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Keith Thurman wants to be the first to knock out Robert Guerrero

29
Jan

Robert Guerrero never has been knocked out. Keith Thurman Jr. wants to be first fighter to do so.

“Definitely,” said Thurman, when asked if craved a stoppage against Guerrero during a Wednesday conference call. “We respect Robert. Robert’s never been stopped, and when I hear that a fighter has never been stopped, then I hear that as a challenge.”

THE RING’s No. 7-rated welterweight ahead of No. 8 Guerrero (32-2-1, 18 knockouts), Thurman (24-0, 21 KOs) will get his chance when the boxers meet on March 7 at the MGM Grand in Las Vegas on the debut card of NBC’s new boxing series titled “Premier Boxing Champions” (“PBC on NBC”).

Thurman and Guerrero are part of a doubleheader that includes No. 5-rated junior welterweight Adrien Broner opposite John Molina on a show that commences a multi-year deal between the network and adviser Al Haymon.



Although Thurman thoroughly dominated last month’s shutout unanimous decision over previously undefeated Leonard Bundu, scoring a first-round knockdown during fight, the 26-year-old whose nickname is “One Time” lamented the loss of his three-bout knockout streak.

Thurman had scored knockouts in 11 of his previous 12 bouts in advance of Bundu, with only Jan Zaveck going the distance in March 2013 while being outpointed 120-108 on all three judges’ cards.

“The last fight, we got a knockdown, so I was able to satisfy the little bit of the puncher in me by producing a knockdown in the first round of the last fight,” said Thurman. “I just wasn’t able to put the icing on the cake by cutting the bout short.”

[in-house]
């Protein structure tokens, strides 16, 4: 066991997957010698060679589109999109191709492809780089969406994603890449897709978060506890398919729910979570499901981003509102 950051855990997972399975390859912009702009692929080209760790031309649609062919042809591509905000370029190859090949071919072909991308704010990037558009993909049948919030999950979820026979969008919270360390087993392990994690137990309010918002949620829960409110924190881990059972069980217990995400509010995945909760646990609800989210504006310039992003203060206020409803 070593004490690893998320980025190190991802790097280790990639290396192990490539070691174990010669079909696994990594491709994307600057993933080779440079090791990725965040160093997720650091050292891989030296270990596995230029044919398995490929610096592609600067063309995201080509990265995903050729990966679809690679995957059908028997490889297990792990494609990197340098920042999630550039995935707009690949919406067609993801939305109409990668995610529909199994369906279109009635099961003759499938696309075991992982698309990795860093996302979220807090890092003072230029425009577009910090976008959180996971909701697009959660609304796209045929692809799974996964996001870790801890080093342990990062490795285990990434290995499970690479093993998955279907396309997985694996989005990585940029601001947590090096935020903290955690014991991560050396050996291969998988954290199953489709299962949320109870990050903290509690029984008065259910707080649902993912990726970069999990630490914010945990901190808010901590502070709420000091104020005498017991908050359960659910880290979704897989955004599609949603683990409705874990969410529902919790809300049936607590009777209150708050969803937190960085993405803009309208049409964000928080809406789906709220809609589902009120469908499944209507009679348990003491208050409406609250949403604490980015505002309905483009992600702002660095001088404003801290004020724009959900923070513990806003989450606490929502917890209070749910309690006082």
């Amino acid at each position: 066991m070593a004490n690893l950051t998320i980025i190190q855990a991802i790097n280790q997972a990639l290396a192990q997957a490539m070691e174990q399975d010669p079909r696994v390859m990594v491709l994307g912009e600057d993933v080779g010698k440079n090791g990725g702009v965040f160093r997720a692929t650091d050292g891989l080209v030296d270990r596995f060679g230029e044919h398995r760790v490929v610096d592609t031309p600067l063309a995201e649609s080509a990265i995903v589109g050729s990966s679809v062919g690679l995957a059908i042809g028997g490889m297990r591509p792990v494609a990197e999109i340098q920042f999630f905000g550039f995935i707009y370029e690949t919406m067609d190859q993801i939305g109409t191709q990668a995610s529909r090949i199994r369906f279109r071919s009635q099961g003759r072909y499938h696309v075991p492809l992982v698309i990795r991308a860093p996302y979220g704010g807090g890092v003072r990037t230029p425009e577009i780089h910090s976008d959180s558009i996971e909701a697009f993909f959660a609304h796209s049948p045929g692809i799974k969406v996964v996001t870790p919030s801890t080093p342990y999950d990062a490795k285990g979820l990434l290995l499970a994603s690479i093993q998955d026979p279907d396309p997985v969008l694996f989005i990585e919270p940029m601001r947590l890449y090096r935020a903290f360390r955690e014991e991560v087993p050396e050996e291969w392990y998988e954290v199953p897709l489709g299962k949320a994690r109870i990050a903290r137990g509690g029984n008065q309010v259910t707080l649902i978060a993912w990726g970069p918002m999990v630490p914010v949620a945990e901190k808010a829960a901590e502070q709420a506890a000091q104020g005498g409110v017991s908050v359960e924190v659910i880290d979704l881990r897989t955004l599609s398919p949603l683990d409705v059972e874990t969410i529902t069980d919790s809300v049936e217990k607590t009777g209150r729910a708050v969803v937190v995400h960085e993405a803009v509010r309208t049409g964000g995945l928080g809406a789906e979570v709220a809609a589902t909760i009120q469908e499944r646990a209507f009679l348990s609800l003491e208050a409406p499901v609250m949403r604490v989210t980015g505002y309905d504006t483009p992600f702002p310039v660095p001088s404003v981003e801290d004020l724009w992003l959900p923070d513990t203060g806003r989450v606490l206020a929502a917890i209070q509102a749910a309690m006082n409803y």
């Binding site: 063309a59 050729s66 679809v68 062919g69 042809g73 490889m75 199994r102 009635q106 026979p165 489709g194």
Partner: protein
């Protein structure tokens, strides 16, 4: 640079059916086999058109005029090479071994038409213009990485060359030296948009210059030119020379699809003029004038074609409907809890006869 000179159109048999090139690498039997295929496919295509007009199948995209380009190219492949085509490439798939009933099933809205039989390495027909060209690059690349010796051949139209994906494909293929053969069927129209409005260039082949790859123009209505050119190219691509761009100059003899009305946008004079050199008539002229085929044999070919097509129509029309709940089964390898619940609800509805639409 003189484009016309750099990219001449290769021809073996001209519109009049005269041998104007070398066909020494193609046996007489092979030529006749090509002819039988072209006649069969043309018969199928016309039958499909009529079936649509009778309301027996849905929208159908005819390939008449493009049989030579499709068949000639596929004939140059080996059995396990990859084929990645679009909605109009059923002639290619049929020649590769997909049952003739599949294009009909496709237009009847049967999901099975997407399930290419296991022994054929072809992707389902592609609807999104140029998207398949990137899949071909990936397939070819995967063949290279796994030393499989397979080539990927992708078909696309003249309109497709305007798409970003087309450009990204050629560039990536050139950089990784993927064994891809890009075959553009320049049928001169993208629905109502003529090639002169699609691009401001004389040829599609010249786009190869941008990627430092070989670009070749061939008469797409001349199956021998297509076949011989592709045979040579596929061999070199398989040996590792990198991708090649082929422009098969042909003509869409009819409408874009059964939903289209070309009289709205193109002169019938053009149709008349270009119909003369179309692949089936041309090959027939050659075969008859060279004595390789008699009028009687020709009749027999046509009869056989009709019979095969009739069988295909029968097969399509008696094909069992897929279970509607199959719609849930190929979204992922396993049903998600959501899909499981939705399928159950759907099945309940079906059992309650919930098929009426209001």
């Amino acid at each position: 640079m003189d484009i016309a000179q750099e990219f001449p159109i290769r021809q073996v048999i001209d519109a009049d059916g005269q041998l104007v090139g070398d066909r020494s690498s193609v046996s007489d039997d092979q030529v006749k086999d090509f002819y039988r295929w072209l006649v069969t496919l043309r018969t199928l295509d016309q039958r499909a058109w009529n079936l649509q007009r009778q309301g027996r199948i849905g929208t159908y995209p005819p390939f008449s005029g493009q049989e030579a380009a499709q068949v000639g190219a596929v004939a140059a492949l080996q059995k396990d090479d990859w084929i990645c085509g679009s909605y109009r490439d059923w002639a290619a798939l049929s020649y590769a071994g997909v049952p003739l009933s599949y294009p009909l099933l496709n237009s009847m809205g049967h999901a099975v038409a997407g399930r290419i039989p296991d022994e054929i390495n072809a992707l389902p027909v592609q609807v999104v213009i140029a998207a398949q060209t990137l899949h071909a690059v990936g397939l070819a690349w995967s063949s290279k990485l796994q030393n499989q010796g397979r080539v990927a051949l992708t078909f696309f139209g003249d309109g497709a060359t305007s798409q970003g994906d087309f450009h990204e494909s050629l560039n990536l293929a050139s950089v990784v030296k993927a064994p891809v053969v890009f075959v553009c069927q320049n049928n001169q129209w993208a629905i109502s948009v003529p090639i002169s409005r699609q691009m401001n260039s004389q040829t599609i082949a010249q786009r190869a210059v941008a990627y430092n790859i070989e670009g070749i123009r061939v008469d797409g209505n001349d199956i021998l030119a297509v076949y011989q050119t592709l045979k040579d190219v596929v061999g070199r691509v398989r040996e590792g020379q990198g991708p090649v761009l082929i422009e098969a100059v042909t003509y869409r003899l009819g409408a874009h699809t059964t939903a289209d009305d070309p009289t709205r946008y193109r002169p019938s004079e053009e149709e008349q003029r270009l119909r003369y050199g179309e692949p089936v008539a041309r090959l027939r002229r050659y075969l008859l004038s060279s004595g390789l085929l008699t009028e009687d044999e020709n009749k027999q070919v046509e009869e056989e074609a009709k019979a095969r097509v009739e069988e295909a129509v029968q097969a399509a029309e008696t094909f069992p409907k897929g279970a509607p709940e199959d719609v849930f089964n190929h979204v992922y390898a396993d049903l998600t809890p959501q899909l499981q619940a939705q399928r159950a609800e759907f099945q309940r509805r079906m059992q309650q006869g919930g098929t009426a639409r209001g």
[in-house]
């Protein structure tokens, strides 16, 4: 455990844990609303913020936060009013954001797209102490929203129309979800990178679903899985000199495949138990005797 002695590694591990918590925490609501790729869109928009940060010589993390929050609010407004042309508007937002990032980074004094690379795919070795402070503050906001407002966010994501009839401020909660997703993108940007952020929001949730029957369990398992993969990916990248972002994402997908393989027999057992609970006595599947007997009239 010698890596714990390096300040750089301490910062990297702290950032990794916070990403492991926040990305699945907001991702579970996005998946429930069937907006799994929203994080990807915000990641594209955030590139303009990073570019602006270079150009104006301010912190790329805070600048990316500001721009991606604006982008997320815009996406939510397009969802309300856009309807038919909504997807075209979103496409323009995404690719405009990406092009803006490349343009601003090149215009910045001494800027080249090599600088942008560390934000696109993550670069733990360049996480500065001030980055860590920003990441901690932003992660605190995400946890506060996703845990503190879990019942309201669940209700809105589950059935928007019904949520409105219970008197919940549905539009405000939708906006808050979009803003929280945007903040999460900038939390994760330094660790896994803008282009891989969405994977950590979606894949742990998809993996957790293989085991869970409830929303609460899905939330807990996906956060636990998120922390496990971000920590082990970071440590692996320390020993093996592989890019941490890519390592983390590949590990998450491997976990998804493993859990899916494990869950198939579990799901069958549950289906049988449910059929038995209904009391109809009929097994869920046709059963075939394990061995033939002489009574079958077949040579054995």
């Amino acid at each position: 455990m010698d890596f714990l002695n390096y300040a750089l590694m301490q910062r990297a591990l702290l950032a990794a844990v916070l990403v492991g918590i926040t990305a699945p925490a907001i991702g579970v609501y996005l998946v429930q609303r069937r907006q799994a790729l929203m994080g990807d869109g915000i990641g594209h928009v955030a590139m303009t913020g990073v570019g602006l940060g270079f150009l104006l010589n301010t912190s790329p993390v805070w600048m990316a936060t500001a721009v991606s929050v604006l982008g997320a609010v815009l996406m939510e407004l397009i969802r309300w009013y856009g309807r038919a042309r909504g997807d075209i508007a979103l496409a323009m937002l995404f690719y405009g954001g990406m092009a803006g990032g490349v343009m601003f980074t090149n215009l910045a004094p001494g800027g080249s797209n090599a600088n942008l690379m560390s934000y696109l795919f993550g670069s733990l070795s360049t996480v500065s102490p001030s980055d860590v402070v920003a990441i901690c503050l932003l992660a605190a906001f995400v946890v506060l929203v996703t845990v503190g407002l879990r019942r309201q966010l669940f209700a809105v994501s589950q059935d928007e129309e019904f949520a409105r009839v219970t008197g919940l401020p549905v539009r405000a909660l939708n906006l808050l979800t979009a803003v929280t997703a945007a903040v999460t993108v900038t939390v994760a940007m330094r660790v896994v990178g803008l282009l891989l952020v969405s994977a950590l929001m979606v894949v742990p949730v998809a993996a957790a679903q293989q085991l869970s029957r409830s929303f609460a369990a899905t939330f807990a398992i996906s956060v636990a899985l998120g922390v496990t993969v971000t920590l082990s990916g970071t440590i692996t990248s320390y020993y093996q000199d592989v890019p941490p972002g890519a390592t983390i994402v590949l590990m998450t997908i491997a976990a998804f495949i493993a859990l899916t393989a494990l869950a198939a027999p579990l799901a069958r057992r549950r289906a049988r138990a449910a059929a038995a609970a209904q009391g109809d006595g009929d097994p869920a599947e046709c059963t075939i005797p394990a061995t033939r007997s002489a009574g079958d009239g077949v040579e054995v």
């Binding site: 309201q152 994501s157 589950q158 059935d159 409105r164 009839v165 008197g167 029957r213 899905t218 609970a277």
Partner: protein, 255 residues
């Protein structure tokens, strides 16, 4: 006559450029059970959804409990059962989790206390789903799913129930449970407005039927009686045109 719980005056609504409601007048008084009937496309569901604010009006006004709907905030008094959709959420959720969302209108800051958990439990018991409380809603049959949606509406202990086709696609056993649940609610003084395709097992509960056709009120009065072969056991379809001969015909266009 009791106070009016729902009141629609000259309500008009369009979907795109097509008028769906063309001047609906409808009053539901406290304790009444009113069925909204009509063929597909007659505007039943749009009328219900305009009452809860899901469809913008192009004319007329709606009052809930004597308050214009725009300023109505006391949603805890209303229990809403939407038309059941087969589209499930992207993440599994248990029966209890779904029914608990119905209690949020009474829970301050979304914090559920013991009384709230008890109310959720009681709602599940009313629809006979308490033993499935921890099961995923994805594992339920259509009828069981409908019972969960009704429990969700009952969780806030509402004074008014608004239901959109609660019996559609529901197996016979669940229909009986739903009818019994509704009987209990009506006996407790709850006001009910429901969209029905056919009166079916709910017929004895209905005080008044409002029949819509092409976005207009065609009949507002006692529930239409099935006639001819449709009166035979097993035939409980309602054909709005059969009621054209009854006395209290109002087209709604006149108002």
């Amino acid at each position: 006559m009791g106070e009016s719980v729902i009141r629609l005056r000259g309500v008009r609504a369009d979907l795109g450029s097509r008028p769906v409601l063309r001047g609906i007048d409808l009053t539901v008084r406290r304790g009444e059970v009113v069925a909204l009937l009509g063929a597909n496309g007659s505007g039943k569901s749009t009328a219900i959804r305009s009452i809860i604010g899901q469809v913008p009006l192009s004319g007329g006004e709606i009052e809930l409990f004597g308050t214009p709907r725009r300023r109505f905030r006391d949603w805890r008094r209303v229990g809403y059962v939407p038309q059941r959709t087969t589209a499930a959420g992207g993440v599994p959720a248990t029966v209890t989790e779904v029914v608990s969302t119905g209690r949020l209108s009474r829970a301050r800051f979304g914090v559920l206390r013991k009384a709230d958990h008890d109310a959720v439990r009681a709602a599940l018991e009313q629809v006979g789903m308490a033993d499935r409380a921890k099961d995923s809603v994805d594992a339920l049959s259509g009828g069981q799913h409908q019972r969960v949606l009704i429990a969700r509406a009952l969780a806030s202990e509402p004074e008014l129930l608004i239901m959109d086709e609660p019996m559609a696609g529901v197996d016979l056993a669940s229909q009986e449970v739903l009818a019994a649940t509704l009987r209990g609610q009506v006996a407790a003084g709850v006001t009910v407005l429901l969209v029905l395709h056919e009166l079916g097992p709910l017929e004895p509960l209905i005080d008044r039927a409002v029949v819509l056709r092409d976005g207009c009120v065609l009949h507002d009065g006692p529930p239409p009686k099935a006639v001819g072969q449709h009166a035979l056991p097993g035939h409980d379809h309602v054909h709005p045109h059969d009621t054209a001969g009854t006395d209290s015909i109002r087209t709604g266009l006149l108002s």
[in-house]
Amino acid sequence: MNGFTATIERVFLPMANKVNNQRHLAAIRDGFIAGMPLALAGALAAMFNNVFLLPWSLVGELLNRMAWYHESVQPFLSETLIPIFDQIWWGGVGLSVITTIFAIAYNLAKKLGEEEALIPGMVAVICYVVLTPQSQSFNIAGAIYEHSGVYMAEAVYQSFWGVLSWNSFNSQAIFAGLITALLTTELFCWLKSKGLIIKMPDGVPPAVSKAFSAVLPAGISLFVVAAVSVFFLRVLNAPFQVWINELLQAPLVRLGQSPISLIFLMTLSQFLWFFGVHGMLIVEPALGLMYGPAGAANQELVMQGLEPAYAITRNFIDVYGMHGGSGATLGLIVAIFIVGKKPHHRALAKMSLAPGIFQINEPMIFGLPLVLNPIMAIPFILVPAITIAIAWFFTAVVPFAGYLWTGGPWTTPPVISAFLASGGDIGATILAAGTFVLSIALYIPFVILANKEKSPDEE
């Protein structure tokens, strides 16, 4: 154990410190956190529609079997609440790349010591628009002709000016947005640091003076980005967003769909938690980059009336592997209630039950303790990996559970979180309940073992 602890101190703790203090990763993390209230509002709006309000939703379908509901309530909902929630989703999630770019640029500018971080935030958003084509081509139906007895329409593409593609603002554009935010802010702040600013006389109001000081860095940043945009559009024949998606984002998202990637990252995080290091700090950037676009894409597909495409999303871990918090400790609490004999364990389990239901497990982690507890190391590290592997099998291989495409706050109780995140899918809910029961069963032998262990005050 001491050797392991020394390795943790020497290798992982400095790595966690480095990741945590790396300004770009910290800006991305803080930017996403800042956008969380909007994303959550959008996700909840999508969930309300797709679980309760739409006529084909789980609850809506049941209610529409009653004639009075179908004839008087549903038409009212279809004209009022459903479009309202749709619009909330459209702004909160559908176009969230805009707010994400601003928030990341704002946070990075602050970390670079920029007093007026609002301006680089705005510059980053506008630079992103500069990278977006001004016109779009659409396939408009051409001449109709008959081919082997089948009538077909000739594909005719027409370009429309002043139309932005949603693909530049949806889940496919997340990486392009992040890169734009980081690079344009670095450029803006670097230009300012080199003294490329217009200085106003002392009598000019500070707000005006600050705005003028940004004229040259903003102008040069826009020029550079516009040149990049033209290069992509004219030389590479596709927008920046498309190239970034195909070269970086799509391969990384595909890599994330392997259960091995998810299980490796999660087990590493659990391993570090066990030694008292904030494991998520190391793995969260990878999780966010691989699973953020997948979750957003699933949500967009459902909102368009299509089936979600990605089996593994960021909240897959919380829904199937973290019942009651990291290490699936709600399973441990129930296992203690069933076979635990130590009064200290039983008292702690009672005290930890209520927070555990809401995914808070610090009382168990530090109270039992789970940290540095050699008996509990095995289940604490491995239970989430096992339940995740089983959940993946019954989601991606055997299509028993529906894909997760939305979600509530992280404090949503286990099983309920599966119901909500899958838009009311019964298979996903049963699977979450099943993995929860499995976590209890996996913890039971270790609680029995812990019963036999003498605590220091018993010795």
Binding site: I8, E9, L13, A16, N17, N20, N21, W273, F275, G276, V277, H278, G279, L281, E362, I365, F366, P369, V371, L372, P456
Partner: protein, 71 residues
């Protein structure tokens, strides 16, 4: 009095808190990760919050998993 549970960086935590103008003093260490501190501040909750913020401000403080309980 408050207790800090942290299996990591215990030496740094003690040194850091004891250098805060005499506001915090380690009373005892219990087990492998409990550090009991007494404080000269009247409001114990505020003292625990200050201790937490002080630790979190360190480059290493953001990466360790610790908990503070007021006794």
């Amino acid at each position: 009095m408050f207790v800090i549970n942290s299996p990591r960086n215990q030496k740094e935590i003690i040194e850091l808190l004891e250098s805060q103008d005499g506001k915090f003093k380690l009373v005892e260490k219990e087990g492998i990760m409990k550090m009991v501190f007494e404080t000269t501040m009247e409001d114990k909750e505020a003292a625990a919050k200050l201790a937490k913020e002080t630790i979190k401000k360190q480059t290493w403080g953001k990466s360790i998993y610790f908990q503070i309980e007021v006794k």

Guerrero, 31, is coming off a hard-fought unanimous decision over Japan’s Yoshihiro Kamegai in June to rebound from a unanimous decision loss to Floyd Mayweather Jr. in May 2013. A southpaw who is nicknamed “The Ghost,” Guerrero has fought four times as a welterweight since rising from lightweight to make his division debut with a unanimous decision over Selcuk Aydin in July 2012.

“I want it especially being that I’m a puncher, and knowing that he’s coming up from the lighter divisions. Floyd Mayweather came up from the lighter divisions. Manny Pacquiao came up from the lighter divisions,” said Thurman.

“Some of the best fighters in the world have made their way up into the welterweight division and they hold their own and they go toe-to-toe with guys like me who were originally 147 pounds and who always was and always will be…I’m going to be training extremely hard for this fight, and we’re truly looking forward to the challenge that ‘The Ghost’ is going to bring, and we’re looking forward to having a fight that goes less than 12 rounds. But we will be prepared no matter what the outcome.”

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